Along the volcanic caldera known as Stavrolongos, there’s a plain that was used for centuries for agriculture, up until the turn of the century. The Varkeza Plain, as it is called, is home to a variety of prehistoric remains.

On the plain’s northern edge there’s a stone wall that is an amalgam of older building materials, including a rock with an inscription on it. Two water cisterns, parts of columns, a wine press and other finds can be found in the area.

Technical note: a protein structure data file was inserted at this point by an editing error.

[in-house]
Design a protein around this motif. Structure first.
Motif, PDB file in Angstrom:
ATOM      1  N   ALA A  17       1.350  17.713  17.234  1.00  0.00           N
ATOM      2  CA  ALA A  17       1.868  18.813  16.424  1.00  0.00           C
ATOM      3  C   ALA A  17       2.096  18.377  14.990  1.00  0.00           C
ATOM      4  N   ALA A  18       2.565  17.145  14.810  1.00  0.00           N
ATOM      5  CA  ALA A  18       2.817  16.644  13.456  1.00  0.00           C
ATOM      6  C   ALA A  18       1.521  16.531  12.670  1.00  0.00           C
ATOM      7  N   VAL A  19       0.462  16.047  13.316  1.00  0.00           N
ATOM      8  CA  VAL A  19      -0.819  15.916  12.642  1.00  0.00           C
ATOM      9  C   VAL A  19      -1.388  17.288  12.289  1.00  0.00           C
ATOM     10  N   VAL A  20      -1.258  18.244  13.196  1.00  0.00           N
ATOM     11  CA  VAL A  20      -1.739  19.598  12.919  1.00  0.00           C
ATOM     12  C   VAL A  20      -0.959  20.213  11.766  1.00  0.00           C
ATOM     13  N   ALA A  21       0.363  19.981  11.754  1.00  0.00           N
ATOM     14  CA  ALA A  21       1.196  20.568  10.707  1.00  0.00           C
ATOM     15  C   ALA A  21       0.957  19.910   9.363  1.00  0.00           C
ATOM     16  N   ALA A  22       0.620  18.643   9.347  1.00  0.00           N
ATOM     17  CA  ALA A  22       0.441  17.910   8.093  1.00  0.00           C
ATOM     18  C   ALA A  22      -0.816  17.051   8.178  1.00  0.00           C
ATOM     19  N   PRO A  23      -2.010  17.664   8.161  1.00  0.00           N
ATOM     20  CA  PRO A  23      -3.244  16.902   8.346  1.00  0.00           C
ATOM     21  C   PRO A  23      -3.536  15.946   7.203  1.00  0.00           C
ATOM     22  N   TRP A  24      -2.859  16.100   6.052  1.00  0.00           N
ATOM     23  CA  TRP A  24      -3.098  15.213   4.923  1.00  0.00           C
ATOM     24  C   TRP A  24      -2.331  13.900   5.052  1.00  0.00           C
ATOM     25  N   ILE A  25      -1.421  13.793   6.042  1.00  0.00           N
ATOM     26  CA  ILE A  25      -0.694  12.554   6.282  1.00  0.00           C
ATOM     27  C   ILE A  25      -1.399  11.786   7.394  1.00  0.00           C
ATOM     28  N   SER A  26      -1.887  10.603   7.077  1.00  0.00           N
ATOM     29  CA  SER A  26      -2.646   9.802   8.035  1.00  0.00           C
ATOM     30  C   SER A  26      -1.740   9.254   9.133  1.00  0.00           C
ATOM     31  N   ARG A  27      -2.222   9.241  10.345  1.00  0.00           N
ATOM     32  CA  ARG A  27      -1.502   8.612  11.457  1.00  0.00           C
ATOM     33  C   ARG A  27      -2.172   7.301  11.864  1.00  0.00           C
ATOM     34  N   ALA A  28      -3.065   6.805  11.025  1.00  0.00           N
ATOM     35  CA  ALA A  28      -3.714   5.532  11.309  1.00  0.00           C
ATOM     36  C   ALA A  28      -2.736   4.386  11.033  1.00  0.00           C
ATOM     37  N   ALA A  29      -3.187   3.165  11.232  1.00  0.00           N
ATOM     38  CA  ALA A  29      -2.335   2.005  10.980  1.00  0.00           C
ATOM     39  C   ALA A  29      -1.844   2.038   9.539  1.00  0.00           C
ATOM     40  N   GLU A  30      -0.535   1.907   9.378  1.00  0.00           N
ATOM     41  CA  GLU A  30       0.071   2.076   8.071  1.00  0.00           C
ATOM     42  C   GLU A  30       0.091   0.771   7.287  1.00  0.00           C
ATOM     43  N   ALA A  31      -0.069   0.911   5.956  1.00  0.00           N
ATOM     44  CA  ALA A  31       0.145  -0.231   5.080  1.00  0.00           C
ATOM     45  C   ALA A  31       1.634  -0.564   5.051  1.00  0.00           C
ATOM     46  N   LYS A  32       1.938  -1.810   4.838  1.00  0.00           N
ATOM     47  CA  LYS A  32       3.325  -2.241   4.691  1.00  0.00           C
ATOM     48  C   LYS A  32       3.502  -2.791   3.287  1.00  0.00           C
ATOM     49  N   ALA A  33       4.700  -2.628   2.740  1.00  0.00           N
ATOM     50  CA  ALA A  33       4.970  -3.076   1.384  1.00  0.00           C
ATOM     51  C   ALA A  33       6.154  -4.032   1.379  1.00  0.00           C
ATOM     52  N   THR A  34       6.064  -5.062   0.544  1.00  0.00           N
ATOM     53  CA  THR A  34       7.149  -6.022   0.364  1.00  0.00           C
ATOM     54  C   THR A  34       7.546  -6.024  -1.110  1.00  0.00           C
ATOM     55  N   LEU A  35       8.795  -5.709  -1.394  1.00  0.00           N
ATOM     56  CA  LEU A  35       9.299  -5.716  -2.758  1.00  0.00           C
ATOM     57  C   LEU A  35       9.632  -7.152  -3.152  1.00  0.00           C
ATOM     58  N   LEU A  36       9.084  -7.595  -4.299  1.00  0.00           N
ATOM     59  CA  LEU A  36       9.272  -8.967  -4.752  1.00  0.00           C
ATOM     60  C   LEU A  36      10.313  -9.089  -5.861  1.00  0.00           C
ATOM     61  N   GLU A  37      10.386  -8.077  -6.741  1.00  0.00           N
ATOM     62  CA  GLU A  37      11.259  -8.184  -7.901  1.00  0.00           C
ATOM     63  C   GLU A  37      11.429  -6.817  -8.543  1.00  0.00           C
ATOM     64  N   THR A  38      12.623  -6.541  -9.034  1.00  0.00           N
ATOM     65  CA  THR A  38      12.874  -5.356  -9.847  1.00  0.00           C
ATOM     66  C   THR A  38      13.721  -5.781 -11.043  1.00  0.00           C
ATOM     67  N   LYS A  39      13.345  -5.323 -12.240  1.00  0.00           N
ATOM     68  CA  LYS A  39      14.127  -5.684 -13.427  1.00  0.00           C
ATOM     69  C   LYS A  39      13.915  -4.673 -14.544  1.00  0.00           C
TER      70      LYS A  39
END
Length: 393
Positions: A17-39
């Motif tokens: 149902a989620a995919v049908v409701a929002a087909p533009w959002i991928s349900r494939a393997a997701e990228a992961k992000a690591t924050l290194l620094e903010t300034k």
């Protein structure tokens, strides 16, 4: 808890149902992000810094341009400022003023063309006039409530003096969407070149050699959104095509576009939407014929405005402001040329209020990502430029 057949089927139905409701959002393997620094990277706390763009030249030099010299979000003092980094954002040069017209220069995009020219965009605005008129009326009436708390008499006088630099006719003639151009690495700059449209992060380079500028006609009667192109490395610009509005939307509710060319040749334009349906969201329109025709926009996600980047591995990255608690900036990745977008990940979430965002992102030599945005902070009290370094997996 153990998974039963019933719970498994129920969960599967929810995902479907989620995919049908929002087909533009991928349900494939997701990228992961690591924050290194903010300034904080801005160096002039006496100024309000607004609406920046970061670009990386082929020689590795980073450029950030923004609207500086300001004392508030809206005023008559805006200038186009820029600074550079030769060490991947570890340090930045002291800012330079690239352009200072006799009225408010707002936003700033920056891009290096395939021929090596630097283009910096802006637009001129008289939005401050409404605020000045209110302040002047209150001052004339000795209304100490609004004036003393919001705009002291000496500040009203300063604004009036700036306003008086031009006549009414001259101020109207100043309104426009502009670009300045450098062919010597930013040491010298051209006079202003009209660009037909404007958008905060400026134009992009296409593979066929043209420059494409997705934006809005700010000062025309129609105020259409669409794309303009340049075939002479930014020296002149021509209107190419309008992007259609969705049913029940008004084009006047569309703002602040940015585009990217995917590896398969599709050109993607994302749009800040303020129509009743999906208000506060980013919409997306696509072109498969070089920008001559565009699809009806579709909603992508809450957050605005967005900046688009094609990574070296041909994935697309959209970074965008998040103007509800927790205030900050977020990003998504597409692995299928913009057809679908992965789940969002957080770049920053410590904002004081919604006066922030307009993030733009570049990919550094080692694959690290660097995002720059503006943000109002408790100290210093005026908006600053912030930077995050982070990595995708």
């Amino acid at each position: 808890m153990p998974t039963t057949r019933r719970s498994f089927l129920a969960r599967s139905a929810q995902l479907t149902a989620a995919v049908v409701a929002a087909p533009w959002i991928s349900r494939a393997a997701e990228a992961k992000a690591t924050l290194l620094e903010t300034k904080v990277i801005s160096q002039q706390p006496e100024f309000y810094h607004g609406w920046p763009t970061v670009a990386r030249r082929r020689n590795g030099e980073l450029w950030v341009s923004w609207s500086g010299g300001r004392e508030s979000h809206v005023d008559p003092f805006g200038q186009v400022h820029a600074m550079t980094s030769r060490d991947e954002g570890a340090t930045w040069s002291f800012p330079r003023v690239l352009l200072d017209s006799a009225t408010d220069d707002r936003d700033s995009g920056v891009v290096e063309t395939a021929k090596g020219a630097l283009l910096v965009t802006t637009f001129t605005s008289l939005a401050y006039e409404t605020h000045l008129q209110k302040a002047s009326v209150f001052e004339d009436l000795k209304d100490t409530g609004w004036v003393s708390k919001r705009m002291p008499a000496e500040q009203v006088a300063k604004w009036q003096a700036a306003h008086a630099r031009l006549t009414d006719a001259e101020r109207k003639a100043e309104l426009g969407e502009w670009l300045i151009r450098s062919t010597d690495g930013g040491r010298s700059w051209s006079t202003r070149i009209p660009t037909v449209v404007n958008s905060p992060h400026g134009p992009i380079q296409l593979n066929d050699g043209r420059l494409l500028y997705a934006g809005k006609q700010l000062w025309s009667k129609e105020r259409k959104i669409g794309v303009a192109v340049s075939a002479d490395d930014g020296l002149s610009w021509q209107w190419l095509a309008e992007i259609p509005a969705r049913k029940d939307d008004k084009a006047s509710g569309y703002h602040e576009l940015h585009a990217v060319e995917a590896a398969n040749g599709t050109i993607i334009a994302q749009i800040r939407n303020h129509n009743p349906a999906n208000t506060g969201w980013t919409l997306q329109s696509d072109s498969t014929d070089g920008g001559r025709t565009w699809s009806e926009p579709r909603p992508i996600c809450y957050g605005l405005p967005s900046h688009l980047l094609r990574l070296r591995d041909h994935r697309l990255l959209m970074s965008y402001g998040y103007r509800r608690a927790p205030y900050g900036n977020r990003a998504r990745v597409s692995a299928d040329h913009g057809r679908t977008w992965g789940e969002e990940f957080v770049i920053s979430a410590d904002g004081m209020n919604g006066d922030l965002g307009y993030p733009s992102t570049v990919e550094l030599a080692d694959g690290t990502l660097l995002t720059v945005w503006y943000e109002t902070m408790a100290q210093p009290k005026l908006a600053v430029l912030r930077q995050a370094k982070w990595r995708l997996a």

In 1912 the German archeologist Michael Deffner surmises that this plain and others featured human dwellings. He notes that locals had found obsidian tools, numerous fragments of old vessels. He speaks of a boat-shaped rock that may have been used to produce olive oil from the olive trees that have been thriving for millennia in the volcanic soil.

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